With diversity and inclusion becoming an increasingly prominent concern for investors, consumers, employees and corporate leaders, it’s no wonder that a number of companies have taken to hiring a diversity and inclusion lead. Also known as a Chief Diversity and Inclusion Officer (CDIO), a VP of Diversity and Inclusion, or a DEI Officer, these leaders are responsible for overseeing the development of a fair and equitable workplace, from the recruiting and hiring pipeline to employee experience and workplace culture. The role was popularized in the face of scandals from major technology companies like Uber and Google, where workplace harassment issues led employees to speak out against company leadership.
The Chief Diversity and Inclusion Officer role can be broken down into three key components: hiring and recruiting, employee experience and workplace culture, and stakeholder management. First, on the hiring side, the CDIO’s office is in charge of creating a fair application and interview process for future employees, sourcing a diverse variety of candidates — including those from underrepresented backgrounds, and ensuring the organization’s commitment to diversity and inclusion is represented throughout the hiring process.
When it comes down to employee experience and workplace culture, our team at Diversio identified a set of five key metrics which inclusive organizations scored well on. These metrics were identified using our internal data as well as public data on 20,000+ companies across 30 countries worldwide. In the CDIO role, managing these five key inclusion metrics is key. They are listed as follows, and can be explored in further detail in Diversio’s report, How to Measure Inclusion at Your Organization:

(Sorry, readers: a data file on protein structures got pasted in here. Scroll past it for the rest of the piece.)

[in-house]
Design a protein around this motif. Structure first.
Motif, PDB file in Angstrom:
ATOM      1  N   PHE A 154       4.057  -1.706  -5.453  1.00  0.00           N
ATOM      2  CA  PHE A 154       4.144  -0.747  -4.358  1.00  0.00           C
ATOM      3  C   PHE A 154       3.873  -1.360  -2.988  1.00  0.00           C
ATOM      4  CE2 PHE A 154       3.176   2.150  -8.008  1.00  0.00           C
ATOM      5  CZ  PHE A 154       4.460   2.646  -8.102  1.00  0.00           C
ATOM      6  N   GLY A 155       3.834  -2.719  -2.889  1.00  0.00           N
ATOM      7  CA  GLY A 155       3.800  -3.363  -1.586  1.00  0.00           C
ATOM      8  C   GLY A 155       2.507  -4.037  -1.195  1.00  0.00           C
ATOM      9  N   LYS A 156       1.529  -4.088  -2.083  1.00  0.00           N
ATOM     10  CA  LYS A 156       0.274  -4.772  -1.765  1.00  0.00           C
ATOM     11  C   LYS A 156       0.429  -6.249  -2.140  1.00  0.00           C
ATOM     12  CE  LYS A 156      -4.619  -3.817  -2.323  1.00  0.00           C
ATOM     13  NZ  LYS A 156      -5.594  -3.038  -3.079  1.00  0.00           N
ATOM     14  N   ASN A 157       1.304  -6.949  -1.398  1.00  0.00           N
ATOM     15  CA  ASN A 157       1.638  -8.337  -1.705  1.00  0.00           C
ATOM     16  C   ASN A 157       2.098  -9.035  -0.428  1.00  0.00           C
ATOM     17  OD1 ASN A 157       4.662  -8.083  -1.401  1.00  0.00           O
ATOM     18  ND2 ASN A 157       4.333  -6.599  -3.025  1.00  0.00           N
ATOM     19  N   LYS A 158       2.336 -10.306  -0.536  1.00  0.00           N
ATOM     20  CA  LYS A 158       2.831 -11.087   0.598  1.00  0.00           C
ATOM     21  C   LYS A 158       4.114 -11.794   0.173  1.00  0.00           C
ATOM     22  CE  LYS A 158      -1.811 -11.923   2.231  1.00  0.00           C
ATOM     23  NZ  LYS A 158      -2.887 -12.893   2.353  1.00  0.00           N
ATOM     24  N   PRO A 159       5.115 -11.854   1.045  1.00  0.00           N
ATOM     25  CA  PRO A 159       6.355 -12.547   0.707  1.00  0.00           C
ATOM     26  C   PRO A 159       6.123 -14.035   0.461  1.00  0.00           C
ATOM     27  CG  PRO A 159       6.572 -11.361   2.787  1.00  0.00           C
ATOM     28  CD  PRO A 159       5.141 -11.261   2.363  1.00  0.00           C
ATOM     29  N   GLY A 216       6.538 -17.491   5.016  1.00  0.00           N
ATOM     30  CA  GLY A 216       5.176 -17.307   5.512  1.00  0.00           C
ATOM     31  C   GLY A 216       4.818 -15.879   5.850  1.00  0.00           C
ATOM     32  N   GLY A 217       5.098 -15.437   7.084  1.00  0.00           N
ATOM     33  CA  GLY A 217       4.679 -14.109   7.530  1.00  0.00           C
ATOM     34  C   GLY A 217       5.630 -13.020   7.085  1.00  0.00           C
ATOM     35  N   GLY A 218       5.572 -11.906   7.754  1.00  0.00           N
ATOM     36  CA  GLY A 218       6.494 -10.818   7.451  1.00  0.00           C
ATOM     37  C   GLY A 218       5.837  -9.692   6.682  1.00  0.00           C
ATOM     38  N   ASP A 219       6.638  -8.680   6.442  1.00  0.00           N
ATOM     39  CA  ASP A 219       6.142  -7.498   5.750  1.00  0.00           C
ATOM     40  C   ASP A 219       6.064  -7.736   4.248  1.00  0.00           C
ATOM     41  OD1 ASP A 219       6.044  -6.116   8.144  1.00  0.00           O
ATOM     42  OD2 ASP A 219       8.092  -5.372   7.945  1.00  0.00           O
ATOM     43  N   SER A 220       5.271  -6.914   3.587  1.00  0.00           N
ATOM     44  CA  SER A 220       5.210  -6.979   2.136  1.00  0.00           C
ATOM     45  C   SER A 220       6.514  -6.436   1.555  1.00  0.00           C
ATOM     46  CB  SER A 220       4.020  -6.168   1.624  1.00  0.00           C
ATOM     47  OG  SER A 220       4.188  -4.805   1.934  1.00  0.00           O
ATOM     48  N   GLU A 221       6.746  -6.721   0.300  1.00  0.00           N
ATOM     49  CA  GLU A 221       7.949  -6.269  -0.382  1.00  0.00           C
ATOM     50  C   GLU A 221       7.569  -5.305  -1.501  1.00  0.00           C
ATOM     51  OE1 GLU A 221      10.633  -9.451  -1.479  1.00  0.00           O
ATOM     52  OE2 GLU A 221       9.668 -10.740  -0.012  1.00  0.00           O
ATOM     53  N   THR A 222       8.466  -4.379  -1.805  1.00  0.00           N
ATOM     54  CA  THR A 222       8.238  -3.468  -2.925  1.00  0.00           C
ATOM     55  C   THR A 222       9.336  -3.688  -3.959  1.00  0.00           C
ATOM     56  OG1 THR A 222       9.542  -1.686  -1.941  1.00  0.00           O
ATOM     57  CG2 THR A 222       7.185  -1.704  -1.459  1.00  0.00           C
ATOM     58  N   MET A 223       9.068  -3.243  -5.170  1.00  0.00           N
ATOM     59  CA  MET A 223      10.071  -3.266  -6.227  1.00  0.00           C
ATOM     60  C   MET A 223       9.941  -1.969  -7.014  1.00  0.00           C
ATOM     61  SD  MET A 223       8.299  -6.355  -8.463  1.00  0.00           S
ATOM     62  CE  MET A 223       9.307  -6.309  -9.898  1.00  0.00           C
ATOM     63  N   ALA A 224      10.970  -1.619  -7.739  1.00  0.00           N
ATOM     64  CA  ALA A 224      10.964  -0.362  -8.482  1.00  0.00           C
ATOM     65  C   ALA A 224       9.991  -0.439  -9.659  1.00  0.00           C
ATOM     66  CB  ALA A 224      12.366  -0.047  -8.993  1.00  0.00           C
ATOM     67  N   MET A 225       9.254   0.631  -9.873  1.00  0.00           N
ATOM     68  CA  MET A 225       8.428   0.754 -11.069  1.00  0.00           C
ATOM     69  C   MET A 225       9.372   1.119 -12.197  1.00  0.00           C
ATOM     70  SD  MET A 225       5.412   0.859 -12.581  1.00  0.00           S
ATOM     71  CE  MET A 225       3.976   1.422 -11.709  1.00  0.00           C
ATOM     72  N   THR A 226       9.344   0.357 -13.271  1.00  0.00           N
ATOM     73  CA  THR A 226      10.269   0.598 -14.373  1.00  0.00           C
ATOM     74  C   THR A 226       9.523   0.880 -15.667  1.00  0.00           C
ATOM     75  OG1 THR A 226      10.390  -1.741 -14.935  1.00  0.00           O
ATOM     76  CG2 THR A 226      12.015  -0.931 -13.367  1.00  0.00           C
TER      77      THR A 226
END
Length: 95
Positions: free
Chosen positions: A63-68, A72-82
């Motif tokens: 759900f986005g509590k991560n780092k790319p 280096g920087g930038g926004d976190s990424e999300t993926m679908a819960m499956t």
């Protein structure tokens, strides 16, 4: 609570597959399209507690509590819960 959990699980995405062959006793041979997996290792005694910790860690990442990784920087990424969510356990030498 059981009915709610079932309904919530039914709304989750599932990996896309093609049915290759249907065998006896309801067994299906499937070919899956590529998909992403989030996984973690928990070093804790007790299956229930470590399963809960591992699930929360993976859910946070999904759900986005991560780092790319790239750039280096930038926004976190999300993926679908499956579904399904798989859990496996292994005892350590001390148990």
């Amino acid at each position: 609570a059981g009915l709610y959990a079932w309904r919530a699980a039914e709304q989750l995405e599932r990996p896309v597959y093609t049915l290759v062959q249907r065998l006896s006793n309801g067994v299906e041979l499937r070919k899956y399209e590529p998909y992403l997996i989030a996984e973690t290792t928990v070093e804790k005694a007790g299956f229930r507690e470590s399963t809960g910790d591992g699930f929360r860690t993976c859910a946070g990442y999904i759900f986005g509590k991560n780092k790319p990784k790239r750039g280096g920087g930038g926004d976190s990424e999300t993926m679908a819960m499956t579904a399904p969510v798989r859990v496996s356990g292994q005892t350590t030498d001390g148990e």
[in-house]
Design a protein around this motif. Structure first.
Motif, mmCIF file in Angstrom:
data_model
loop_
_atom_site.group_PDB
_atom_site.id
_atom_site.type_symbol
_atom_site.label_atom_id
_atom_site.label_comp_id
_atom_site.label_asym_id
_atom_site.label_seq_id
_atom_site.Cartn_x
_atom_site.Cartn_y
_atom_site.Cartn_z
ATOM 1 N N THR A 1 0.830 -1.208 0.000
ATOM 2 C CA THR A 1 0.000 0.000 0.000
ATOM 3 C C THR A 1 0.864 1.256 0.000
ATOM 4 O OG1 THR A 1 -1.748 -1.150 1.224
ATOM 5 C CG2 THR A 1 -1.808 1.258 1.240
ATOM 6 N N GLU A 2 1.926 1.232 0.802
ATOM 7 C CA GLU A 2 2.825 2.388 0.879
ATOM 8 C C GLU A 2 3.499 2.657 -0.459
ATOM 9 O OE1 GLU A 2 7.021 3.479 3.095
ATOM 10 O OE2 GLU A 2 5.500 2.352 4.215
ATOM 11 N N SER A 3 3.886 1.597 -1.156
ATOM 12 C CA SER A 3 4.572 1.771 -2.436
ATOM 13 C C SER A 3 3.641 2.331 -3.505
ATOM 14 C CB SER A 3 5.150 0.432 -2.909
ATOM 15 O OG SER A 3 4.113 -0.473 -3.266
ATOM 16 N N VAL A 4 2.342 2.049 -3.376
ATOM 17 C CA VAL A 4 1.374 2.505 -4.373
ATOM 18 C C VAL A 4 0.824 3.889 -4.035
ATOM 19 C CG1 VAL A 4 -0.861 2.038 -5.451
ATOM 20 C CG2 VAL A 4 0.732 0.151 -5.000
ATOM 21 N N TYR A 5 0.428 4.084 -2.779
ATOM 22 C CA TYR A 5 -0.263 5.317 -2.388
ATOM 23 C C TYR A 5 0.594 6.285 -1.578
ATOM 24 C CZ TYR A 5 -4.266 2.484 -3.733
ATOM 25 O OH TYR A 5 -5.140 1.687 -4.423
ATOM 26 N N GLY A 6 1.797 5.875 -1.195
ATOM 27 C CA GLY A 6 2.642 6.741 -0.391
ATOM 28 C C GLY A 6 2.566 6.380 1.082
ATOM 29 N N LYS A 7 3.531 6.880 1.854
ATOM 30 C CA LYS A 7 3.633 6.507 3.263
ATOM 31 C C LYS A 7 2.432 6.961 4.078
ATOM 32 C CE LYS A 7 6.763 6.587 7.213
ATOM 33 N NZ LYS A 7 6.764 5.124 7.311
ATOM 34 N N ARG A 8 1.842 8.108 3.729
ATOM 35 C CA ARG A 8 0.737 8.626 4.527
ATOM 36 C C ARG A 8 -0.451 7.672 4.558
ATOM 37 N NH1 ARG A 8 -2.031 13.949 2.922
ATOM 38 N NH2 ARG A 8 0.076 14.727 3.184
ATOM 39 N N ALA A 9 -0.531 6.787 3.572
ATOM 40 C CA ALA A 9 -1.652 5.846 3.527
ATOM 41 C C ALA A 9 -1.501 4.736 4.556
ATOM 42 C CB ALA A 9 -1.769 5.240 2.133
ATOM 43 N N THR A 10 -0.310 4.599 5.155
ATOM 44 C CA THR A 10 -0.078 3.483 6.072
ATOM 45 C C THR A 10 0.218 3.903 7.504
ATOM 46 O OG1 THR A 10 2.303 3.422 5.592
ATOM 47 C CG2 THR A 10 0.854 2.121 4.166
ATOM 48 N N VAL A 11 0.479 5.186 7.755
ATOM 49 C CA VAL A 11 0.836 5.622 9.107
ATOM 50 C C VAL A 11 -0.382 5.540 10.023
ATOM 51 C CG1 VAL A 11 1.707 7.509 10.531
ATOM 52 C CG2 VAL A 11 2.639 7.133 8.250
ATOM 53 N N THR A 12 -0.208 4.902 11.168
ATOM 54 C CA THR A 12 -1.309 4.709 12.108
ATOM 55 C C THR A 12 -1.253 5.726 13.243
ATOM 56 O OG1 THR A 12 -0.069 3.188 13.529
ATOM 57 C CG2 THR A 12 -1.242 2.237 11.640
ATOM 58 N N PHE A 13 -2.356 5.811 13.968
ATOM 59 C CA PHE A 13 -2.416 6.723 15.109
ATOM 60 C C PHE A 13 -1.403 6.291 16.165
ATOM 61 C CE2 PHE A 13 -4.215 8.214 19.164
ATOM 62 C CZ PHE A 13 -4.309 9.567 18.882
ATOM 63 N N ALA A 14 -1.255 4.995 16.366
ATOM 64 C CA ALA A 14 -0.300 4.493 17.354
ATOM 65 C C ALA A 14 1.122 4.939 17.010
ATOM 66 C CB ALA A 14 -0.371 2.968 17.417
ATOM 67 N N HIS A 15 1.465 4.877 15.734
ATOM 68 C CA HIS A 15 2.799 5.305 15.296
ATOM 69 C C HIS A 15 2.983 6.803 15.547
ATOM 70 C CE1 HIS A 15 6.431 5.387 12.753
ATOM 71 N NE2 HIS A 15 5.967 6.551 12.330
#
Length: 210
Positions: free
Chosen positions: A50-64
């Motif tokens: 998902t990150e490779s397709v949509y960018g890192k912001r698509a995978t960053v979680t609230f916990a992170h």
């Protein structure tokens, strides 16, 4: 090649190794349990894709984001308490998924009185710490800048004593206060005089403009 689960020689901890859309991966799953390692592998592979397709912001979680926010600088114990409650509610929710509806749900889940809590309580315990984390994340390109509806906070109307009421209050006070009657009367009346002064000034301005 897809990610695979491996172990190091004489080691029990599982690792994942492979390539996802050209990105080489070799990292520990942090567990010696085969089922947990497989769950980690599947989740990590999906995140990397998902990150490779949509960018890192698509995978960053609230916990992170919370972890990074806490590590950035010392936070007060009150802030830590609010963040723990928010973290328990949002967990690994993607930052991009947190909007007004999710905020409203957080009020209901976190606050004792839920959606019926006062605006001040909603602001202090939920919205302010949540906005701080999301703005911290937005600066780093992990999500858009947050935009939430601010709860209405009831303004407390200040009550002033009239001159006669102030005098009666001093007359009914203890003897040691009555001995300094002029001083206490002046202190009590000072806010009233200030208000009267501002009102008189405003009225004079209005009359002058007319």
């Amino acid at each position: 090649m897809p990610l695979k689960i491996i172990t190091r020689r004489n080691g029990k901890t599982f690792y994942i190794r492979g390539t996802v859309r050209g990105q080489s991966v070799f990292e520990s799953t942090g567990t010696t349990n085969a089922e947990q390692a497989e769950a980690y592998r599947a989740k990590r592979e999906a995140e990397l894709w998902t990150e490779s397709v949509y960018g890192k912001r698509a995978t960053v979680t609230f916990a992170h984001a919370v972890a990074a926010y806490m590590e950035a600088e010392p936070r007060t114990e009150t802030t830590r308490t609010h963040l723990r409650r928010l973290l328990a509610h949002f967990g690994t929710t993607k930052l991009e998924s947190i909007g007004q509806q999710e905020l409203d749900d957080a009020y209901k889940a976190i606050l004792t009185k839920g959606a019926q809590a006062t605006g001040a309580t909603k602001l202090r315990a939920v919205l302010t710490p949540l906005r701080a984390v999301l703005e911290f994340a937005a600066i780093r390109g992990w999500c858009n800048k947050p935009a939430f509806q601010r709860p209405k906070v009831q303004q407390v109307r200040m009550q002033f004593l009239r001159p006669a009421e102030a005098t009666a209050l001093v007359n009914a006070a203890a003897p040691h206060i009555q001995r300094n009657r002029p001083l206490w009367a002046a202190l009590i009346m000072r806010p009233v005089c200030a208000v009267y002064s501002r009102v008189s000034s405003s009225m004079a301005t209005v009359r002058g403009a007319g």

Finally, the CDIO has the responsibility to make sure the organization’s commitment to D&I is communicated to prospective employees and the broader public community. In order to achieve this, the CDIO can use an array of strategies, including releasing an annual company-wide diversity and inclusion report, publicizing employee resources and affinity groups, and supporting diverse community events. This final step is a crucial part of stakeholder management, which helps organizations build a positive public brand image with consumers and investors, as well as prospective employees.
At the end of the day, an increasing number of businesses and organizations are embracing the CDIO role for good reason. In a world that is more diverse than ever, organizations need diversity and inclusion to succeed. While most companies may already have a Chief Human Resources Officer, hiring a designated CDIO with a direct reporting line to the CEO is a solid next step, especially for larger organizations with over 1000 employees. There is no easy end-all-be-all solution for D&I, but having a designated CDIO ensures that organizations can strive for progress on the D&I front.
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